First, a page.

Edible Gardening Swansons Nursery | Growing greater Seattle gardeners since 1924
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EDIBLE GARDENS - For Fun, Health, and Savings!

We are dedicated to growing the smartest, hippest, and healthiest gardeners in the Pacific Northwest!

Growing your own herbs and vegetables is easy, rewarding, and loads of fun. Come in to Swansons today for healthy great 'plant starts', seeds, fertilizers, and professional advice from our terrific staff to get you on the right path.
Clicking the links below will give you printable care sheets to help you along. Plan your gardening season this spring, and enjoy fresh vegetables every season of the year! Cool-season crops, such as spinach, kale, broccoli, cabbage, turnips, and peas withstand light frost and grow well during our cool spring days.

GROWING HERBS IN CONTAINERS

Herbs can be grown together in combinations or separately in their own individual pots.
Drier Mediterranean herbs prefer less water and fertilizer and should be grown individually or together in large combo pots. These include Rosemary, Thyme, Oregano, Marjoram, Sage, Sweet Bay and Lavender.
Succulent, leafy type herbs prefer regular water and fertilizer and should be grown individually or together in large combo pots. These include Basil, Parsley, Chives, Dill, and Chervil. Lettuce or other cool season salad greens can also be added in if desired.
Cilantro is best grown from seed in succession plantings in its own pots.
If you use a lot of cilantro, sow the seed directly into individual pots. Sow one 12”-14” pot first, then wait two weeks to sow a second pot, then wait two weeks to sow a third pot.
Completely harvest the first crop when mature (4”-6” high), then remove all roots from the pot, add fresh soil if needed and sow again for the next crop. Harvest the second and third pot and repeat the process. Rotating the crops in this fashion provides a succession planting of the freshest, most abundant greens.
Fertilize succulent herbs lightly each month with Dr. Earth All Purpose Organic Fertilizer.

Spring Veggies from Seed
There are many spring veggies that can be started by seed in early spring (March/April). Arugula, spinach, corn salad/mache, mustards, radish, carrots, onions, leeks, parsnips and turnips can all be sowed directly into the garden for a spring crop. Others can be started indoors or in cold frames prior to setting out such as cabbage, broccoli, cauliflower, brussel sprouts.

Seed Potatoes
Most all varieties of potatoes can be grown in the Northwest. We've selected varieties that do exceptionally well and are proven performers. The ideal climate for raising potatoes is one with cool, moist summers. While the Puget Sound area ... more.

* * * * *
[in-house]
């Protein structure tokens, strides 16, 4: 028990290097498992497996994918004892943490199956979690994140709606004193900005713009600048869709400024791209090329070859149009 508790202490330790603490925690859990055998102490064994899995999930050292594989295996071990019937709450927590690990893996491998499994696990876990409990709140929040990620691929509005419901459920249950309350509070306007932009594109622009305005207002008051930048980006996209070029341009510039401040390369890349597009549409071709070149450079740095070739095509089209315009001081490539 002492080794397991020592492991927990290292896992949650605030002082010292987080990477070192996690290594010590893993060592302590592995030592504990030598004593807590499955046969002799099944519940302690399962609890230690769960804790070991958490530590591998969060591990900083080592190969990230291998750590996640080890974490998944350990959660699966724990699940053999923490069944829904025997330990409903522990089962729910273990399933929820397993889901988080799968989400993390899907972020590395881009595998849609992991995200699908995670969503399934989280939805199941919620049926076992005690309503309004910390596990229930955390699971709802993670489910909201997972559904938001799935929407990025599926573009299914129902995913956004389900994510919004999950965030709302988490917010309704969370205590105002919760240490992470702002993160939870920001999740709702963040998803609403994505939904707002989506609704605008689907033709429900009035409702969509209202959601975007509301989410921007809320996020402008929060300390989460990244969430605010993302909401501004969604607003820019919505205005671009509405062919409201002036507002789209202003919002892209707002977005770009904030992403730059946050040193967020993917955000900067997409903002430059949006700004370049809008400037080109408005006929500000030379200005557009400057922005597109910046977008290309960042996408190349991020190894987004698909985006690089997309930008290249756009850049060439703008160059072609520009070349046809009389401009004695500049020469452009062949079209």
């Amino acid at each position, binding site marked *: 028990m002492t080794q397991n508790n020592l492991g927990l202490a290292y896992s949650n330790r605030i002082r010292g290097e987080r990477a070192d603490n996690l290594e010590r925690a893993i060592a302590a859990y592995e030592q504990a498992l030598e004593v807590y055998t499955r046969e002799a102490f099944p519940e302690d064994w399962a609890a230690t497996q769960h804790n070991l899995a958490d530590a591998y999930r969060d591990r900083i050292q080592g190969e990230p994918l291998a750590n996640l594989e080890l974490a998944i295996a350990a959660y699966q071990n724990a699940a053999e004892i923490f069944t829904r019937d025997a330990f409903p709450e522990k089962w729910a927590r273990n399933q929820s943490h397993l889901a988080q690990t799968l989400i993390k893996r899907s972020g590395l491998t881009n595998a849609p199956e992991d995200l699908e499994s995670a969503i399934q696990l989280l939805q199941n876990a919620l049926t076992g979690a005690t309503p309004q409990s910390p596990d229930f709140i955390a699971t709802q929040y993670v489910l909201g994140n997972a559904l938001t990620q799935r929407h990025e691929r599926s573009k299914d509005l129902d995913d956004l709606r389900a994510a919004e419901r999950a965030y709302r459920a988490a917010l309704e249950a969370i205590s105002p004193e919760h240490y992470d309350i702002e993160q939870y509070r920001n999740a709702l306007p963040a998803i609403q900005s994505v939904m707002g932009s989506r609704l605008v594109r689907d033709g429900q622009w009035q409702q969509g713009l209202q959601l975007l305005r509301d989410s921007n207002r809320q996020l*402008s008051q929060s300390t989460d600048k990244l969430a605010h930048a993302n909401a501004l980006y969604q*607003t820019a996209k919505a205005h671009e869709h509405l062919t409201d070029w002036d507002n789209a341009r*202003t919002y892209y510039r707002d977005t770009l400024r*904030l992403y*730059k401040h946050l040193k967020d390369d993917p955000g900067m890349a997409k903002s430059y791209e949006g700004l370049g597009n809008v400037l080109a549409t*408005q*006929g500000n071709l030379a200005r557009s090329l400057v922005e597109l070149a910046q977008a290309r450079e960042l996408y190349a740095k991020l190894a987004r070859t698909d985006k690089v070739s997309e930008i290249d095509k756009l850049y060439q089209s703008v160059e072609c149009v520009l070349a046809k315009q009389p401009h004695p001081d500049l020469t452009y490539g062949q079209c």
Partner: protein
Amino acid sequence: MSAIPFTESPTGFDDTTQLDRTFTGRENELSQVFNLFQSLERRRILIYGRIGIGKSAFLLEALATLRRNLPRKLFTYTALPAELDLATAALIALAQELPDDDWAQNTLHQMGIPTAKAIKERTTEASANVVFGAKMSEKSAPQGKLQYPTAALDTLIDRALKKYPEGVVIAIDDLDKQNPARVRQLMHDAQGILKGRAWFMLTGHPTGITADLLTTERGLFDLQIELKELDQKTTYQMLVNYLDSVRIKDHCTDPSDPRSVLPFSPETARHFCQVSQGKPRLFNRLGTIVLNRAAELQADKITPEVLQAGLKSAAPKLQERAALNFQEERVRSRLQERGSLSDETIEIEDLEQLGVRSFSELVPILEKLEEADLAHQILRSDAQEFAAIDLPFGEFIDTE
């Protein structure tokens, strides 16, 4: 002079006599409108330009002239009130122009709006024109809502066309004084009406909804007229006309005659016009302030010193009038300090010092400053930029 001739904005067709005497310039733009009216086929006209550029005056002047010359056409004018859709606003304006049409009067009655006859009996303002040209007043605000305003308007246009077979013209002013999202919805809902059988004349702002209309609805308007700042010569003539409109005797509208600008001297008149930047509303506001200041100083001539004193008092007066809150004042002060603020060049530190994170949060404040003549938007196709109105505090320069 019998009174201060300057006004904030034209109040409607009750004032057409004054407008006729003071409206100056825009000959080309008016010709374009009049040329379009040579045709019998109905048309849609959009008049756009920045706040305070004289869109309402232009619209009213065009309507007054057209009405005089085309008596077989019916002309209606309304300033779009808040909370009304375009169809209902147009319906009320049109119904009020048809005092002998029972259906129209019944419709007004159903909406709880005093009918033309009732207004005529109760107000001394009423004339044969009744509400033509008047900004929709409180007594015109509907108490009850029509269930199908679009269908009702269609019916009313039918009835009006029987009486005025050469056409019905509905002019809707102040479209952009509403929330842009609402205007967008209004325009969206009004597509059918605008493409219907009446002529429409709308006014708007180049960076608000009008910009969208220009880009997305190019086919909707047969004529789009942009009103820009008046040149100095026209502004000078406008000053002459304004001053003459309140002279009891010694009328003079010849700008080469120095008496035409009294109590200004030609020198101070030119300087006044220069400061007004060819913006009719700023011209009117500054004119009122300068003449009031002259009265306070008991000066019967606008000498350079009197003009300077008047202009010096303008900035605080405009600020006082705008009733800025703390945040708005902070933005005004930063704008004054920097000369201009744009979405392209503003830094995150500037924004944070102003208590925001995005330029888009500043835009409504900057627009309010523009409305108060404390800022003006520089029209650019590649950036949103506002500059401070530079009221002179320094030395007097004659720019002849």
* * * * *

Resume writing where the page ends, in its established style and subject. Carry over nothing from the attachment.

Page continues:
Peas
Growing peas is fun, easy and very rewarding. A cool season crop grown in spring or fall, peas are classified as three types: English Shelling peas, Sugar Snap peas or Snow peas.
The hardest decision to make is choosing a variety. Click here for information.

Lettuce
There are hundreds of varieties of lettuce that appear in all shapes, textures, flavors and sizes. Most lettuce are hardy, cool season crops that can be planted as early as the soil can be worked. They are easily grown from seed from spring through late summer (with some protection from the hot afternoon sun) and again in the cool temperatures of fall. Lettuce grows quickly: water frequently and fertilize with liquid organic fetilizer or compost tea. For baby greens, sow thickly and harvest with scissors. Click here for lettuce quick info.

Beans
Beans are one of the easiest and most rewarding warm season vegetables to grow in your garden. Plant beans after the soil has warmed in May and repast plantings through summer for fall harvest
The difference in the taste between a grocery store bean and one hand picked from an
organic garden is like night and day. Click here for bean growing care sheet.

 

Seeds & Seed Supplies
Now's the time to start planning for your spring & summer vegetable gardens. Swanson’s offers a wonderful selection of seeds from Territorial Seed, Burpee, Renee’s Garden, and Botanical Interests. We have everything you need to get started, from seed starting supplies to seedling mix, and heat mats for seed starting trays.

Best seed selection

 
Pick up your copy of the Maritime Northwest Garden Guide for month by month gardening informationMaritime NW Garden Guide

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